Online shopping is gaining traction across Africa and other emerging markets as Internet penetration continues to rise.
African online consumer trends largely echo those of India, where, as mobile ownership and Internet penetration continue to rise, online groceries become more desirable. A 2014 US Department of Agriculture report reflecting on the increase in online grocery shopping in India notes that “the growth in India’s online retailing for food and groceries is a function of the rise in total Internet users from 120-million to 213-million in the past year, as well as a fall in mobile handset prices and a rise in smartphone penetration”.
Talking to daily newspaper ‘The Economic Times’, Amit Bhartiya, advisor at Mumbai-based e-commerce grocery website LocalBanya, cautioned, however, that “offline players going online cannot make a mark if they do not offer competitive pricing and value”.
Indeed, competition is the name of the game, with smaller players in the online grocery market competing against the big guns such as online stalwart Amazon India, which recently introduced general online store KiranaNow, an express delivery platform in partnership with neighbourhood stores. ‘Knowledge@Wharton’, the online journal of the Wharton business school of the University of Pennsylvania in the US, recently noted this development in an article entitled Online Groceries in India: Will Consumers Bite? (7 May 2015).
Launch in March this year, the KiranaNow pilot project’s stated aim is to deliver goods purchased online within two to four hours. An Amazon India spokesman told the ‘India Today’ news website at the time: “Our vision is to enable our customers to buy anything and everything they want online, anytime and anywhere – at low prices and a convenient, fast and reliable delivery experience.”
While India is forging ahead with online buying, according to the recently released Nielsen ‘Future of Grocery Report’, a blended approach to online retail is advisable for the African market. Nielsen Africa Retailer Services and E-Commerce MD, Harsh Sarda, noted: “The most successful modern and traditional trade retailers and manufacturers will be those at the intersection of the physical and virtual worlds, leveraging technology to satisfy shoppers how, when and where they want to shop.”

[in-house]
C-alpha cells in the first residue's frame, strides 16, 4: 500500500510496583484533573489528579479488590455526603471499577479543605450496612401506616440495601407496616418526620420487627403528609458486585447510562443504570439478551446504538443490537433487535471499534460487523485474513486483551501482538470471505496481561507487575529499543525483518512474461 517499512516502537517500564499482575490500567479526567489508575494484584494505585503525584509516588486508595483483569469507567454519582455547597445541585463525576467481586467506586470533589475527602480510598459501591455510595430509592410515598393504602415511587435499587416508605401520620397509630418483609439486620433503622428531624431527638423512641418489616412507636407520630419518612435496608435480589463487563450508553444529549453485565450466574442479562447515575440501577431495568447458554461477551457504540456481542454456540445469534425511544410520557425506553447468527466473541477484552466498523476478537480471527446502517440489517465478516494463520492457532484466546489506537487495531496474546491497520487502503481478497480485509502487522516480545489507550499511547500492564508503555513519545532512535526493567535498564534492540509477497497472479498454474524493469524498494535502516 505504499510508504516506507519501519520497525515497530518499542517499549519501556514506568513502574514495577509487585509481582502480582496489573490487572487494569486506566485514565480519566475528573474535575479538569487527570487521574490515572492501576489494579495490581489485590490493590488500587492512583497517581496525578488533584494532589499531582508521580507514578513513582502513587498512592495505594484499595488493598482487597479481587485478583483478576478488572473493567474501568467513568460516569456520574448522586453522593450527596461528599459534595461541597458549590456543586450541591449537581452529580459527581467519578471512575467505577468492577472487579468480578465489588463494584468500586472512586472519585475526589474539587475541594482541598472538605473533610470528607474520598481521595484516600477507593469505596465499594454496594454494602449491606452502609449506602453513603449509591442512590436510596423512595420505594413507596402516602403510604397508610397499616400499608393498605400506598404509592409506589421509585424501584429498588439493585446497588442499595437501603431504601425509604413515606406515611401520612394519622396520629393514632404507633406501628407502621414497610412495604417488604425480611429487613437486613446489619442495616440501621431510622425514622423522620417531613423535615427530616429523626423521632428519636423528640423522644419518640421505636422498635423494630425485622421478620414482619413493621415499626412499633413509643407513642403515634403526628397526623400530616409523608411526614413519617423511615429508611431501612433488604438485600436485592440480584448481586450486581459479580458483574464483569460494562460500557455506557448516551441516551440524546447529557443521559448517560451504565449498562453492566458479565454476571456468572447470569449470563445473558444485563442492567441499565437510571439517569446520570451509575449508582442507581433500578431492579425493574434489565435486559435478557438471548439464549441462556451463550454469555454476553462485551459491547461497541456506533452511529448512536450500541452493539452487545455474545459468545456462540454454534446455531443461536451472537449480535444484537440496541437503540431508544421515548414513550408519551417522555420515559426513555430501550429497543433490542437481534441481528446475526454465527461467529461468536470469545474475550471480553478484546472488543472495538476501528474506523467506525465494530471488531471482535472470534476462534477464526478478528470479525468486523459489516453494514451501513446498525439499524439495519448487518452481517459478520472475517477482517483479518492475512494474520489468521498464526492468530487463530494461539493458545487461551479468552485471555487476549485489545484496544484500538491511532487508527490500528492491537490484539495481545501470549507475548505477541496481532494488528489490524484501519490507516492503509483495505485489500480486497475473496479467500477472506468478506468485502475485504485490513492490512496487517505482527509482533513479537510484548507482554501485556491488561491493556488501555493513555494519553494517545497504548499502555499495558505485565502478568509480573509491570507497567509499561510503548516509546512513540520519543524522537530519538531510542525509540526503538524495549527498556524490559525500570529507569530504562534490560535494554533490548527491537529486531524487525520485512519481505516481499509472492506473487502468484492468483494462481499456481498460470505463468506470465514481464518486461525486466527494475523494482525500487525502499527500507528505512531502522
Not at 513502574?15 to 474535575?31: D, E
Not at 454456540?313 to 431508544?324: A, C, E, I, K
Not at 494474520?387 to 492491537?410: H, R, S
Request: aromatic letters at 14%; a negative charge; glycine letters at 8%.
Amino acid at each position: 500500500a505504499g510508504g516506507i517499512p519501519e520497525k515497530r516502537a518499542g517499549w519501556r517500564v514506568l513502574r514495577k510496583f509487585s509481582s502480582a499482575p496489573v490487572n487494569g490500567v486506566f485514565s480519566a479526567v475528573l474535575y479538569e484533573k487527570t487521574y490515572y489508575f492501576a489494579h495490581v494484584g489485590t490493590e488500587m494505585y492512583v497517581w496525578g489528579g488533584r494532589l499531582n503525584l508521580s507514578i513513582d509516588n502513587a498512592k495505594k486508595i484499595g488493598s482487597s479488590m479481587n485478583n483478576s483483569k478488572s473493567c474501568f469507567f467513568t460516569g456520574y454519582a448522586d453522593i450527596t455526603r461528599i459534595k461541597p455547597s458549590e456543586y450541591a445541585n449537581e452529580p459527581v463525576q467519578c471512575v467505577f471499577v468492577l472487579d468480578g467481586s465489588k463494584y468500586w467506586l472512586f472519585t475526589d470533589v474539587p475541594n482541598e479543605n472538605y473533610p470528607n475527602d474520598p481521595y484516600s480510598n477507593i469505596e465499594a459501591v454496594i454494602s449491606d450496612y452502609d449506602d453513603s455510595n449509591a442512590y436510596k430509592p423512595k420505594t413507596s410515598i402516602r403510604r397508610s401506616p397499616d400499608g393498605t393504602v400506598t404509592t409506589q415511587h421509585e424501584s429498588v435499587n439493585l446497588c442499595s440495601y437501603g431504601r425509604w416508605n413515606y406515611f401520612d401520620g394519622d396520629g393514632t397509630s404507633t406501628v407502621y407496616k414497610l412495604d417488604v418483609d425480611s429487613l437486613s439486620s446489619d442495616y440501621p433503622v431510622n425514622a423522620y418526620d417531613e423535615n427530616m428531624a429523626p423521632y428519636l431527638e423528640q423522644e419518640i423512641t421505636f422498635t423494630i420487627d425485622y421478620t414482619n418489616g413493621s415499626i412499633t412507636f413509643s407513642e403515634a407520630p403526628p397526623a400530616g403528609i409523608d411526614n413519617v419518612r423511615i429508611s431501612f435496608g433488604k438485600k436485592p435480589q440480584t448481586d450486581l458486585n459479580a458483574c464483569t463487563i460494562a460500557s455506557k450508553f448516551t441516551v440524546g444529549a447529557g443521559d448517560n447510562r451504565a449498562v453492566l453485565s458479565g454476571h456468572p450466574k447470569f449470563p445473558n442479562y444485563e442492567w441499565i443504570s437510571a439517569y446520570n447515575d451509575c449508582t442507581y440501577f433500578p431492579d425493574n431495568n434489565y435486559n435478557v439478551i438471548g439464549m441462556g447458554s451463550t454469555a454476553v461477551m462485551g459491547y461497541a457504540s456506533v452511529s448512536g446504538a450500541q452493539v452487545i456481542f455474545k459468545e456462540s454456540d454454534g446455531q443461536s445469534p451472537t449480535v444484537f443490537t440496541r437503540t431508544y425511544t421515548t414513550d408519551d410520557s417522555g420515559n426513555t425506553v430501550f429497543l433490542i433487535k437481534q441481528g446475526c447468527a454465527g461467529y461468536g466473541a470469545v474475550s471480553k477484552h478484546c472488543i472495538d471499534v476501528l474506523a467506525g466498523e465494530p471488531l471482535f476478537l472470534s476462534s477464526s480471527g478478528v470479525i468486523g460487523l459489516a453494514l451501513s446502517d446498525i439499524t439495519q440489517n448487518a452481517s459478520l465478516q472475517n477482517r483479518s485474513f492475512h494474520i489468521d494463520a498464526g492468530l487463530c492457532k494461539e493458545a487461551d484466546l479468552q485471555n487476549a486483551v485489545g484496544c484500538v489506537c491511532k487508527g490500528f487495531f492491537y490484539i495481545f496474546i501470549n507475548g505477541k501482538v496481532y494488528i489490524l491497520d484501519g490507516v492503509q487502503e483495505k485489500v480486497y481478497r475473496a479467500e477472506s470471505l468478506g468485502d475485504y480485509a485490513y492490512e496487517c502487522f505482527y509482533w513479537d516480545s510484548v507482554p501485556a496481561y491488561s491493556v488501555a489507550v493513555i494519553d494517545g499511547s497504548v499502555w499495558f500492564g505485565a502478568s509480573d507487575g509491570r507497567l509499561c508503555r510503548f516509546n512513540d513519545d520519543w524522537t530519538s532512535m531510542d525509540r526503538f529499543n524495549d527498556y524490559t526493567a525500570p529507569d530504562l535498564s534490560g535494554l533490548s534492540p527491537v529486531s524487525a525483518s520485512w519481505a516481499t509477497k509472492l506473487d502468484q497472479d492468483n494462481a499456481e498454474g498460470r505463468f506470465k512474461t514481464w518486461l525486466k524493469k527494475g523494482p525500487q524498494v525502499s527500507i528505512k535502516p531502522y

He continued: “A key aspect of meeting these needs is in-store digital enablement options that bring the ease, convenience and personalisation of online to brick-and-mortar stores. Instituting digital strategies into the in-store experience is, therefore, not just a nice-to-have for key consumer markets – these options can increase dwell time, engagement levels, basket size and shopper satisfaction.”
This could be in the form of a retailer or loyalty app, or Wi-Fi that enables shoppers to opt in to receive information on special offers while they’re shopping. While this is currently a more prevalent strategy in South Africa, increasing mobile penetration across Africa could potential broaden the appeal of a blended physical and digital shopping experience where convenience and value take centre stage.
According to a 2014 MasterCard ‘Online Shopping Behaviour Study’, published in conjunction with research organisation World Wide Worx, online grocery shopping in South Africa displays a steady increase with local e-commerce sites becoming the preferred option. Only 24% of local online spend was on foreign shopping sites, down from 27% the previous year and 33% in 2012.
“The products that consumers are buying suggest that online shopping is becoming increasingly mainstream, which also bodes well for local retailers,” Arthur Goldstuck, MD of World Wide Worx, told business website ‘BusinessTech’. “No longer is online shopping confined to books and DVDs, plane tickets and apps.”